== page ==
Submitted by blended family expert, Shirley Cress Dudley
Have you ever sat down, the week before Thanksgiving, and realized that no one talked about visitation? You don’t know who’s staying with whom or what days you are celebrating holidays…it’s just crazy to not plan ahead!
Coordinating the Schedules
Planning your calendar makes life easier for everyone. If you’ve remarried, and your ex-spouse has remarried, (and the people they remarried were married before) your schedule can effect up to five different families! Your children also need to know where they are, on different weekends, so that there is stability in their lives.
I hope you have already determined the holiday visitation schedule when you completed a separation agreement. If not, common agreements include that the dad will have the kids over Christmas on even ending years, and the mom will have them on odd ending years. Children transition to the other home Christmas afternoon, evening, or the next day. Other holidays are decided the same (with the even/odd year schedule.) Example: If Dad has the kids on the even ending years, then he will have them on the odd ending years during Thanksgiving and Spring break.
Mode of Transportation
Check your calendar and start figuring out how to transport your child to your ex’s house. Will they travel by car, train, or airplane? Amtrak and the airlines provide special services for the unaccompanied child, but you must state that your child is traveling alone when you make the reservation. Reservations made earlier will get you a better rate than waiting until weeks before your child’s visit.
Communicate with your ex-spouse before making any final arrangements. Make sure you give them at least several weeks (to talk with the other families) to confirm the dates and travel plans.
Getting Your Child Organized
It’s helpful to give your child his or her own personal calendar with the visitation dates clearly marked. Having a large calendar in the kitchen, with each child a different color, will also help coordinate your family. If your child knows their schedule, it will give him or her a sense of continuity and stability. They can look at their own calendar anytime they are unsure about when the next visit to Mom or Dad’s house will be.
Start marking their clothes if your child is visiting a house with other children in a blended family that are the same size and gender. Marking their initials on the insides of clothing will mean your child comes home with his or her own clothes and not the wardrobe of a child that’s not yours! We’ve had a child come home with size 3 Batman underwear (he’s 16 and as big as an adult!) and also “lose” half his blue jeans, over the holidays. Mark their initials on all their clothes. It’s also helpful to include a list of all clothes that are being sent. If the noncustodial parent (or their spouse) does laundry, they will have a checklist to make sure everything goes back home.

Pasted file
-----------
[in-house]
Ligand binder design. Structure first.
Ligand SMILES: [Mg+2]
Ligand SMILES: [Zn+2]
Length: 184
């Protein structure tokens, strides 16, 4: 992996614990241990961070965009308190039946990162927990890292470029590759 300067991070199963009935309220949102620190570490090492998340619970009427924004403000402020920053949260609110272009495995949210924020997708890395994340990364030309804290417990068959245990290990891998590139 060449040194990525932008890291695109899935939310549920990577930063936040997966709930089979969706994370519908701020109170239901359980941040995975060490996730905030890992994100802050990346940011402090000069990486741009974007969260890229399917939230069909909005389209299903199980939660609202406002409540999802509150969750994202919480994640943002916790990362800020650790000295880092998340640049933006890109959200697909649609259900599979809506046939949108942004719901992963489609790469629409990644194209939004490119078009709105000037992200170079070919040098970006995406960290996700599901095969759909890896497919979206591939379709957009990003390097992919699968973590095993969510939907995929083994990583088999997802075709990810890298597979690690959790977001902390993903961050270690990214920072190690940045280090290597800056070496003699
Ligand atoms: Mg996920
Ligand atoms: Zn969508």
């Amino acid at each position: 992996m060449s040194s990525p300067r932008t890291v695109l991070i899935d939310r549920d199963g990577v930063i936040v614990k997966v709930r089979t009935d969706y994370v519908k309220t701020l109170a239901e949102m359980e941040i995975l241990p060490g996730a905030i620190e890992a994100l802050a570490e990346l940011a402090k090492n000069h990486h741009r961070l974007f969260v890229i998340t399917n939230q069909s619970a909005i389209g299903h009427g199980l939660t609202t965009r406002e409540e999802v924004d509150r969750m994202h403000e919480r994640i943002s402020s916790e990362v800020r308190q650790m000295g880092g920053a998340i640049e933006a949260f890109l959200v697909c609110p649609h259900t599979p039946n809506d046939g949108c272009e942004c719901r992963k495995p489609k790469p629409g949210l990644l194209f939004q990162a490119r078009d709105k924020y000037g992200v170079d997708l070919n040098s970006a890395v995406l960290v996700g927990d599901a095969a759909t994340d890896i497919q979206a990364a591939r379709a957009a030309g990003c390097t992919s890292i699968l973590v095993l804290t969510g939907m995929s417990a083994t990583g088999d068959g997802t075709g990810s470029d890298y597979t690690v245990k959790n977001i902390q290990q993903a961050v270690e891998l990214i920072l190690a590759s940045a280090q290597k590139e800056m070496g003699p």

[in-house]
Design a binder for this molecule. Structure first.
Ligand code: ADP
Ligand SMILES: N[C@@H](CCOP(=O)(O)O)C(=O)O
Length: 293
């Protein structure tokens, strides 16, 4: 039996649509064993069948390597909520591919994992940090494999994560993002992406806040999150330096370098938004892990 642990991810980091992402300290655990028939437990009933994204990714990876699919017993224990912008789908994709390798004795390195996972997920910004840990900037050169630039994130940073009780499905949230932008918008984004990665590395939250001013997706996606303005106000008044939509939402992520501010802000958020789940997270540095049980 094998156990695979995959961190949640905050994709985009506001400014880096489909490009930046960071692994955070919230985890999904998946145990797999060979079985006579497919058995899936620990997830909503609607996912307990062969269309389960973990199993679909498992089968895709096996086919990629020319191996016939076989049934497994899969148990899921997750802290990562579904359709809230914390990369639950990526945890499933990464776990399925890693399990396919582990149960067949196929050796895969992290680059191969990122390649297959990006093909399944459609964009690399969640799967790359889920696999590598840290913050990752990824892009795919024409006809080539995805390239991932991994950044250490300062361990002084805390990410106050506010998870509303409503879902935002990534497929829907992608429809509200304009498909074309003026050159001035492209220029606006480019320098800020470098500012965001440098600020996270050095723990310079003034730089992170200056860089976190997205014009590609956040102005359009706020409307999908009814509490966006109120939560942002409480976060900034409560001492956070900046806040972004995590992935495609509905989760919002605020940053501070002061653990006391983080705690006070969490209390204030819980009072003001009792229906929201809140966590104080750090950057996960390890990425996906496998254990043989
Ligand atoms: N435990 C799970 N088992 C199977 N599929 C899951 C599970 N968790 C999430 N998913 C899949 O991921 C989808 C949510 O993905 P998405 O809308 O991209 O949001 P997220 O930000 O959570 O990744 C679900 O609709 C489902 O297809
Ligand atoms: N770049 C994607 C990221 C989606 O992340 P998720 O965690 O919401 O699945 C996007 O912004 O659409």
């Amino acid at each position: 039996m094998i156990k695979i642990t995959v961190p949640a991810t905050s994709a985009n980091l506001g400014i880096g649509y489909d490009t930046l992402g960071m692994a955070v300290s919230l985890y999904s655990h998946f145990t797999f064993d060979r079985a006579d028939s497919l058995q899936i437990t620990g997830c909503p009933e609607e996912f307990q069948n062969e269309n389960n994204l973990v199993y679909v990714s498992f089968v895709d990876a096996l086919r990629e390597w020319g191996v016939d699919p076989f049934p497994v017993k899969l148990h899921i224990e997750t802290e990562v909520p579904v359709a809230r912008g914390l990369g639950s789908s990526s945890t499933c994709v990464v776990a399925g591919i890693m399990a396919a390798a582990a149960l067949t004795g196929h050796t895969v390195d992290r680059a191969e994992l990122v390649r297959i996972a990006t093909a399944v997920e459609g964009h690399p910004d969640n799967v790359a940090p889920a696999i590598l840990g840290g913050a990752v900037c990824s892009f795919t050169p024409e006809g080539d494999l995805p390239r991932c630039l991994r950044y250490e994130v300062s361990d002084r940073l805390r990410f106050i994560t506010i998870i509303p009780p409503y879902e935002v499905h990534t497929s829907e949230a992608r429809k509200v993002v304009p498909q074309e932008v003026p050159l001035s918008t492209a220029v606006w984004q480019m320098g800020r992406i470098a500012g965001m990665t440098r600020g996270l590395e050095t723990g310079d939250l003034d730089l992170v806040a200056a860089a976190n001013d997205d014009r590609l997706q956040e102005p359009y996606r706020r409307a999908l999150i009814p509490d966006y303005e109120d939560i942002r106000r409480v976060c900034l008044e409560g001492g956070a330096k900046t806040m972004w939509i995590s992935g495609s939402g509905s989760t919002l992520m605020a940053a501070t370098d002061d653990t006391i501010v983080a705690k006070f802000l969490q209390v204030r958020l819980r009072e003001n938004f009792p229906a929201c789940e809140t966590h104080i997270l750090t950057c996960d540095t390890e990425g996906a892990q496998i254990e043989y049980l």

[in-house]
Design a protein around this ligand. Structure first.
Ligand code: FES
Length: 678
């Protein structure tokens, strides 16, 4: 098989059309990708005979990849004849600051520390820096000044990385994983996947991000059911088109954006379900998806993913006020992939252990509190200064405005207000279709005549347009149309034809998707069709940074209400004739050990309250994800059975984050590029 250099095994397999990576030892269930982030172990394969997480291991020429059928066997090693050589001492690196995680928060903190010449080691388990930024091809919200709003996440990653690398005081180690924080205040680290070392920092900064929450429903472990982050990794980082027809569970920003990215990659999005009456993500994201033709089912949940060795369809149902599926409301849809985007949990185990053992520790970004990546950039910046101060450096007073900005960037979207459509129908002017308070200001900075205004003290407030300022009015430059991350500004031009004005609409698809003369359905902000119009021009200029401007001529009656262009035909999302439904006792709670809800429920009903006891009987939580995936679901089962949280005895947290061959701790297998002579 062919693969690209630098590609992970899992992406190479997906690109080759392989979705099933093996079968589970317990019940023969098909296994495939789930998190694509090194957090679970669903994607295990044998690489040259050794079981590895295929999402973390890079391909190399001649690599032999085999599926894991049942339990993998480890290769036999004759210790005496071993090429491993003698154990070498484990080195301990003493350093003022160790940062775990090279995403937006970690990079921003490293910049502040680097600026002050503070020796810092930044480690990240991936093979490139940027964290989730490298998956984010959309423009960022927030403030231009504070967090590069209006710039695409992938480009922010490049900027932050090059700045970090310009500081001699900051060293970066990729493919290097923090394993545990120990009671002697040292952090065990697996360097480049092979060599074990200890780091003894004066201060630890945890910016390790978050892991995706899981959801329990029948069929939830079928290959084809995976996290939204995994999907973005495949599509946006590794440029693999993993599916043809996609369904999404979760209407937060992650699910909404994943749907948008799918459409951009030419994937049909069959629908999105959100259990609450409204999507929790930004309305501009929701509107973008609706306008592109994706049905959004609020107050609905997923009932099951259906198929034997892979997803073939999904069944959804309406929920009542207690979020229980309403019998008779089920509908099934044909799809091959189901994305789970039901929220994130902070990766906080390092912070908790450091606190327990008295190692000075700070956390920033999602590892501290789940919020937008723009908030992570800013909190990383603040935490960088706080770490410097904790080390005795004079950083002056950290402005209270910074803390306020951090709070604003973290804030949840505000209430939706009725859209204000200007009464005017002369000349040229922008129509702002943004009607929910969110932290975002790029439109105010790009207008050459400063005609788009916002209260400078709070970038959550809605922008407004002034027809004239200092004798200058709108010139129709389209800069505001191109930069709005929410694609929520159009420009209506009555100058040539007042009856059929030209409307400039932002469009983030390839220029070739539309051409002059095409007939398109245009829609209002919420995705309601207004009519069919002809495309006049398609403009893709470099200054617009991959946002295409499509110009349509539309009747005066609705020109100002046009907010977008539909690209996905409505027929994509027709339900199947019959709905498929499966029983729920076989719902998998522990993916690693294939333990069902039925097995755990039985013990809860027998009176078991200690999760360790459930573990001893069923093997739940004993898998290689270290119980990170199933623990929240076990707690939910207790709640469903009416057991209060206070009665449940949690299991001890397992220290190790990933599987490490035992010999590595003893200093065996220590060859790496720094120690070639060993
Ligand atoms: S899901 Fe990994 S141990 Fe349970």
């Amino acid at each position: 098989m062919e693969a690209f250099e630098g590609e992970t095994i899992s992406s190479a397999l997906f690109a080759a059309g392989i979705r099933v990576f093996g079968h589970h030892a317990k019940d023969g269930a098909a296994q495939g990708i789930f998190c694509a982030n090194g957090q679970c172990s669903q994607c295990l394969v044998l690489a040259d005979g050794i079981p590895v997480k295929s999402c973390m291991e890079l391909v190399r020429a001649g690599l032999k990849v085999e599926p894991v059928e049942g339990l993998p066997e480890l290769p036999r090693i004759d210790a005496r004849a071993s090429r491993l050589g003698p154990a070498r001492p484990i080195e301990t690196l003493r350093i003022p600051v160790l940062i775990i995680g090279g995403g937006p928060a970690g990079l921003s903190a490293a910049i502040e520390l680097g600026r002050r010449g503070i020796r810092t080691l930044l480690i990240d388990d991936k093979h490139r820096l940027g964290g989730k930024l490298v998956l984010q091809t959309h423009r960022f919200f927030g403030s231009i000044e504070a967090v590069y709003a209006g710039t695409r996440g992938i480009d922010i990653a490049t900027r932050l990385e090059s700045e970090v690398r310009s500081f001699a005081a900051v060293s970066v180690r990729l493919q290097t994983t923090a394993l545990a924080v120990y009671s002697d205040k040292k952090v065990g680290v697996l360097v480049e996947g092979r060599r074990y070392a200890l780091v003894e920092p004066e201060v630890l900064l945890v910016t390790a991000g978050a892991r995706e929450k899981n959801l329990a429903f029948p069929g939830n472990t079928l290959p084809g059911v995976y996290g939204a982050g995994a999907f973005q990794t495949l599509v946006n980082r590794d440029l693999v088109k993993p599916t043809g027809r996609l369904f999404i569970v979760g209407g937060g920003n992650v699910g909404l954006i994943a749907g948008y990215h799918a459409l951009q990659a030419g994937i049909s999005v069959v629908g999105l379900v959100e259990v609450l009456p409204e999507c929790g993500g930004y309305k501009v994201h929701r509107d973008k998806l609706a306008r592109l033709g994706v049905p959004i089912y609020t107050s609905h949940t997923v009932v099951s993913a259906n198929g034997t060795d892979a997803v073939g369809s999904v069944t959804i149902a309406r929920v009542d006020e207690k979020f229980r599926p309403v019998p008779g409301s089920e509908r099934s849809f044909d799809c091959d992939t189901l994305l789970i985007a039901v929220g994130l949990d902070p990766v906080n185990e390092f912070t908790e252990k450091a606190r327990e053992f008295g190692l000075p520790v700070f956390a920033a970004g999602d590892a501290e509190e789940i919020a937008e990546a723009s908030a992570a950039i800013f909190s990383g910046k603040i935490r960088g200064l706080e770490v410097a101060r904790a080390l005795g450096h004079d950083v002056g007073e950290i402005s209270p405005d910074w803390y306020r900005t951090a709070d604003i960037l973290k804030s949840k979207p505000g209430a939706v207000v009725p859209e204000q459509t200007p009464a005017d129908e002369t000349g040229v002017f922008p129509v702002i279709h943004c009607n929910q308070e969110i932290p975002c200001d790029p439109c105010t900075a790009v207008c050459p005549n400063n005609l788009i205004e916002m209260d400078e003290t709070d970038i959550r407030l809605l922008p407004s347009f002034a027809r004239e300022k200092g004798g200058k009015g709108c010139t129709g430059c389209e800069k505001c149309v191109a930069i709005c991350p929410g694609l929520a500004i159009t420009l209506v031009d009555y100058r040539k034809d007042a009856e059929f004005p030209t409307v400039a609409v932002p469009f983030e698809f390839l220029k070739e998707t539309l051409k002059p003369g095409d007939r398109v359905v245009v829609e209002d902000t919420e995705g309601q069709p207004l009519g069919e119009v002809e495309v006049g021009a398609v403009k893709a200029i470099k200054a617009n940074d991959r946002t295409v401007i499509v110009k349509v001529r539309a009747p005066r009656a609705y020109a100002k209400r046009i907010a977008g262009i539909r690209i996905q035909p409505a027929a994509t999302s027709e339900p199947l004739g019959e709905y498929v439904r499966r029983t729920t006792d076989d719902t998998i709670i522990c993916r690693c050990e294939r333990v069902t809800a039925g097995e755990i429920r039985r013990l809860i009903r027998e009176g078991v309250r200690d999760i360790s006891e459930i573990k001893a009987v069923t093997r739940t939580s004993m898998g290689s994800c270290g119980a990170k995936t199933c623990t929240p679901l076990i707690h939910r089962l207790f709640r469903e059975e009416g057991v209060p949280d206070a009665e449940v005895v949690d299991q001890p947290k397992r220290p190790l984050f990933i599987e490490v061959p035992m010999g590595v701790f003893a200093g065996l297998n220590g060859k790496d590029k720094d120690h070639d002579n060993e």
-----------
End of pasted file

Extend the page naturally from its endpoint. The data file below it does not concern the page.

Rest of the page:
Does everything still fit? Children grow constantly, and you don’t want to send your child to a noncustodial parent’s house with clothes or shoes that are too short or small. Does your child have enough underwear and socks for a week without laundry? You may want to discuss with your ex-spouse if your child’s clothes can be washed during their visit.
Check your child’s luggage. Are their any wears or tears that will not be good for travel? Children may not mention little holes in luggage, but with the ruggedness of travel, you can lose a lot of precious valuables through a little hole! Follow the sales in the local papers, and you can pick up a large set of luggage inexpensively. Make sure you also purchase luggage tags, so that your child’s name and address is marked on each piece of his or her luggage.
Medicine and Vitamins
Do you need medicine containers to transport medicine? Make sure you also send instructions to the noncustodial parent, on how to administer the medicine. Also, talk with your child about being responsible for taking their vitamins and medicine daily.
If you plan ahead and stay organized, the scheduling of your child’s holiday visitation will go more smoothly.
Shirley Cress Dudley is a licensed professional counselor with a master’s degree in Marriage and Family Counseling, and a master’s degree in Education. She has a passion for helping blended families grow strong and be successful, and her book, Blended Family Advice, has been touted as the ultimate must-read for couples contemplating or undergoing such change.